The five stages of Brexit | EEF

The five stages of Brexit

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We now have a fairly comprehensive read out on post-referendum sentiment across business and consumers. So where are we on our journey through the five stages of Brexit?

Today sees the release of the Markit Economics PMI for services, this completes the trio for the UK economy (along with manufacturing and construction) and allows some comparison of performance with other parts of Europe (US will come later today). This adds to the evidence that we’ve gathered from manufacturers on confidence levels in the sector and a range of consumer confidence related data.  And basically none of it makes for cheery reading.


  • EEF’s EU referendum survey recorded the largest drop in business confidence since we started tracking it two years ago.

  • The services and construction PMIs (47.4 and 45.9 respectively) haven’t been this weak since 2009.

  • The manufacturing PMI also points to contracting activity in July, although the decline from June is less marked than in services and construction.

  • Consumers are feeling the referendum jitters too with both the GfK and the European Commission index showing hefty falls in confidence in July.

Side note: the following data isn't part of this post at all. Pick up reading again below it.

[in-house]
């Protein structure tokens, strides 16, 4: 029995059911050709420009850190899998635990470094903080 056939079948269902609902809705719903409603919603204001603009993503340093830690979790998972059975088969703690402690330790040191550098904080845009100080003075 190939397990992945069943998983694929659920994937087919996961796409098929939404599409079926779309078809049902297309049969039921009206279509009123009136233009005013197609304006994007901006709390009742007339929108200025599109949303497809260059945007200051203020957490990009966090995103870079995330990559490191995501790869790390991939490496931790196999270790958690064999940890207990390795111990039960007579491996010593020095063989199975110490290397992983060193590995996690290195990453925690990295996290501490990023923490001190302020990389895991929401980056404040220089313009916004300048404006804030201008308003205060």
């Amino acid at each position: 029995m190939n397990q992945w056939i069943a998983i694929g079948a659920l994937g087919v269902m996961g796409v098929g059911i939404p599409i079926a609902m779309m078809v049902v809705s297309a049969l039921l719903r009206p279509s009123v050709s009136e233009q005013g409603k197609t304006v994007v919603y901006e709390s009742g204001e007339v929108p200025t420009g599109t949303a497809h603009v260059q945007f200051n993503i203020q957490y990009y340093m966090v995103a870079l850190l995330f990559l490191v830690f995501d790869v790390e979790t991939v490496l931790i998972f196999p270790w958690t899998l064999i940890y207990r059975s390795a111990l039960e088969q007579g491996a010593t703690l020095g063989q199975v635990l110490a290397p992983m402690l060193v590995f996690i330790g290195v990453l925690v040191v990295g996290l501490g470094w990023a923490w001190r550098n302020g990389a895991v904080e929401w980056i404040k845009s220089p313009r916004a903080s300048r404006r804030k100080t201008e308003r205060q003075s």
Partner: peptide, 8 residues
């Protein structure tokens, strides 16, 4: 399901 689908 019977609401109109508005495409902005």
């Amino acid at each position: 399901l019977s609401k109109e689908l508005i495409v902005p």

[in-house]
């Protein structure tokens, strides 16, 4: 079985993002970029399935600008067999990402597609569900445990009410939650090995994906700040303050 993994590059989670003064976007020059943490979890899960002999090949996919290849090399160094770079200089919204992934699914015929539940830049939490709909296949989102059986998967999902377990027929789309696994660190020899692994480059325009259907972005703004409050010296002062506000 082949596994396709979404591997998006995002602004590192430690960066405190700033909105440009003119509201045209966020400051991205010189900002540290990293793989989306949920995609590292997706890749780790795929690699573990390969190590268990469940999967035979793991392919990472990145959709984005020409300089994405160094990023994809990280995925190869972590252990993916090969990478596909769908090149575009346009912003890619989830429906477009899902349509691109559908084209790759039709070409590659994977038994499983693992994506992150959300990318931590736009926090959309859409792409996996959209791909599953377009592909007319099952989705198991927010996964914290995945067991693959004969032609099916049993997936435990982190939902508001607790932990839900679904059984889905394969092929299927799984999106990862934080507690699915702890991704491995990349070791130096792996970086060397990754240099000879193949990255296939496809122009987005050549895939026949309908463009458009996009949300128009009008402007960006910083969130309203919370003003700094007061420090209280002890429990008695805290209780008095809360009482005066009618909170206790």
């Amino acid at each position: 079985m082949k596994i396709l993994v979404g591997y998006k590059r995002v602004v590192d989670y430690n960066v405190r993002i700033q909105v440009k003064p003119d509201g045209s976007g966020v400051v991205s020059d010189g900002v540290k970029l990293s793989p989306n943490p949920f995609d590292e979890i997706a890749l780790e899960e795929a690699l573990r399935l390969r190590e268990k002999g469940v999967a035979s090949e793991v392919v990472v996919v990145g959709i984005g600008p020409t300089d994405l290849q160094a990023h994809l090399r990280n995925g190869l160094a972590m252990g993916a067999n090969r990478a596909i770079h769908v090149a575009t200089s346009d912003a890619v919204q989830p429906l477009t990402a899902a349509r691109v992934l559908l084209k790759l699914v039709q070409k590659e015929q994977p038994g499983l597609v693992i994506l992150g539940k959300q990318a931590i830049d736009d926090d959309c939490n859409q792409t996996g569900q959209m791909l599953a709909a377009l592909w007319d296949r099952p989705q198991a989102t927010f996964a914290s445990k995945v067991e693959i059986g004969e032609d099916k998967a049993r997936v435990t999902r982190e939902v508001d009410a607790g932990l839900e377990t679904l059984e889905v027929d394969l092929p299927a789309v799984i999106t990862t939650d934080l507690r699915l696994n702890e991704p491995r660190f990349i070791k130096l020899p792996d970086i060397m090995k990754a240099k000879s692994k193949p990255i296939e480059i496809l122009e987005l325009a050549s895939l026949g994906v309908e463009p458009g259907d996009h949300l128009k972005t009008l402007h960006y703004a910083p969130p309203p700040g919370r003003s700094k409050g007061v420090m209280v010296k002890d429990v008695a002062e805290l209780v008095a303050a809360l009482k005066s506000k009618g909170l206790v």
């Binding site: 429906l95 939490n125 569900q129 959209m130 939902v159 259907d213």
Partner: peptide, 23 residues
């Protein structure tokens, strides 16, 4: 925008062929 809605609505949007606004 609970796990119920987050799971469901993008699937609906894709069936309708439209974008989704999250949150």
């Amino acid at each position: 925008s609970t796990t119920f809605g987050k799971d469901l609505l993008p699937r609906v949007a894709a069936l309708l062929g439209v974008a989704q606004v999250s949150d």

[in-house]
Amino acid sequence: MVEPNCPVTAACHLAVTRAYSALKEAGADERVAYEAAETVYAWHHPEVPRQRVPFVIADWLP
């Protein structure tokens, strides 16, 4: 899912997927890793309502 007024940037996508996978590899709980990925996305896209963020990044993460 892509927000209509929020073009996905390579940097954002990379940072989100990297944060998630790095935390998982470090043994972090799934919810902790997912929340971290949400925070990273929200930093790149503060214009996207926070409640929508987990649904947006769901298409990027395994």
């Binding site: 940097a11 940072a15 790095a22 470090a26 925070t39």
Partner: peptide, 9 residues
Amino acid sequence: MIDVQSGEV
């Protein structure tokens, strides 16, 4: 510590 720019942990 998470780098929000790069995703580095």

Is it really Brexit?

Confidence was generally expected to take a bit of a beating following the referendum and while there are a few other concerns lurking in the global economy – not least geopolitical risks, the health of some eurozone banks, a lack of productivity growth and so forth… – the UK was clearly an outlier in July, recording the biggest falls in confidence across business sectors and consumers. This would suggest that the added worries of exchange rate volatility, political uncertainty and weakening demand following the Brexit vote are specific to the UK – certainly for now.




What's the next stage of Brexit?

So if the initial reaction to the referendum outcome was a brief period of denial (does Brexit really mean Brexit?), it seems we’ve now moved into the anxiety phase. Businesses and consumers are worried about what comes next, how it will affect their growth plans, their job prospects, when should they make the next big investment or purchase?

In the coming months we’ll need to get through the bargaining phase, UK negotiators bashing out a deal with EU counterparts and businesses making sure their voice is heard in securing a deal that supports growth and prosperity here and in Europe. You can see how EEF is engaging with the negotiation process by signing up to our Intelligence Briefing.   

This won’t last forever (we hope). My guess is that the next phase will be adapting to the new uncertainties. Hopefully with some more clarity about EU negotiations, Industrial strategy and measures to support confidence, businesses will get past the shock and get on with, well, business. And in time, we’ll hit the final phase of Brexit – the sunny uplands of opportunity.  



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